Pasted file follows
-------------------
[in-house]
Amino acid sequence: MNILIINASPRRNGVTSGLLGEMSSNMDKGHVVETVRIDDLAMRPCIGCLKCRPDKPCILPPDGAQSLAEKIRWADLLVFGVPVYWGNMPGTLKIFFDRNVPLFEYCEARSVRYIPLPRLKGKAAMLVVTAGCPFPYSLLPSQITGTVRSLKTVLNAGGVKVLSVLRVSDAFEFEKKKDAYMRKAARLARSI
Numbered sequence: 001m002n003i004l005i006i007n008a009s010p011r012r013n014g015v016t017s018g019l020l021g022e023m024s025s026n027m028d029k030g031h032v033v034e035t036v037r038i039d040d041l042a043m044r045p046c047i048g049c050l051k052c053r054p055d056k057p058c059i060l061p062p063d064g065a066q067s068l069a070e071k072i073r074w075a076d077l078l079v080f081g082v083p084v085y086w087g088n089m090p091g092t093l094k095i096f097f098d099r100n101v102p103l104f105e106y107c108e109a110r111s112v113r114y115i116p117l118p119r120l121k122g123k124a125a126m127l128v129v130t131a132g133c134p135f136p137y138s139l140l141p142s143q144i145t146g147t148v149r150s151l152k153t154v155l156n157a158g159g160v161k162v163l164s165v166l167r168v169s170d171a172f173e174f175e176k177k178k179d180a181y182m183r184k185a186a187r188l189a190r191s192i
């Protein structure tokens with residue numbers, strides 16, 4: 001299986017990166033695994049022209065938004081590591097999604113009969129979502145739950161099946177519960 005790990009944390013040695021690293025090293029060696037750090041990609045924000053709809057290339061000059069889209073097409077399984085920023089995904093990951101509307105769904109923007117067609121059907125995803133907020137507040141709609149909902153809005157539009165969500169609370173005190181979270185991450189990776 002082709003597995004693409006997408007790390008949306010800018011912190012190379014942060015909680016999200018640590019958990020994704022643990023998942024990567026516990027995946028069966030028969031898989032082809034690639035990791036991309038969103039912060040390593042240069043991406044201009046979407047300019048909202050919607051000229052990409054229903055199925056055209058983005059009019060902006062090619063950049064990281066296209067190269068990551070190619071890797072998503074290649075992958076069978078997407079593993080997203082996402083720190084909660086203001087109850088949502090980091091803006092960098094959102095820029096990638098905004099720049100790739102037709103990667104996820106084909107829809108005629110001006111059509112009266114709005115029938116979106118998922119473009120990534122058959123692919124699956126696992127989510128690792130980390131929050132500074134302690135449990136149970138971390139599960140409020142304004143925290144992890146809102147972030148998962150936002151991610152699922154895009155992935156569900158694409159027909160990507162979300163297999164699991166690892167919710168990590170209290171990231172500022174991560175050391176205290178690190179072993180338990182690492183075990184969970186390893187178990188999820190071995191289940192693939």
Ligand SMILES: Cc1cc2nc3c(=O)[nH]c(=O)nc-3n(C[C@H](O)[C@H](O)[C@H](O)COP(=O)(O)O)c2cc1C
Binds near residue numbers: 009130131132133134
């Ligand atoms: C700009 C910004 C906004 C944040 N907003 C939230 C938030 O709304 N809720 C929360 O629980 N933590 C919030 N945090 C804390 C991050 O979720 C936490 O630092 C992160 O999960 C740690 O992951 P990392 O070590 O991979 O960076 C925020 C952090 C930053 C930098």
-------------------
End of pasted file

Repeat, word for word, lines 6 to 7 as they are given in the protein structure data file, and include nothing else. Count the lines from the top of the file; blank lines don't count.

Binds near residue numbers: 009130131132133134
């Ligand atoms: C700009 C910004 C906004 C944040 N907003 C939230 C938030 O709304 N809720 C929360 O629980 N933590 C919030 N945090 C804390 C991050 O979720 C936490 O630092 C992160 O999960 C740690 O992951 P990392 O070590 O991979 O960076 C925020 C952090 C930053 C930098």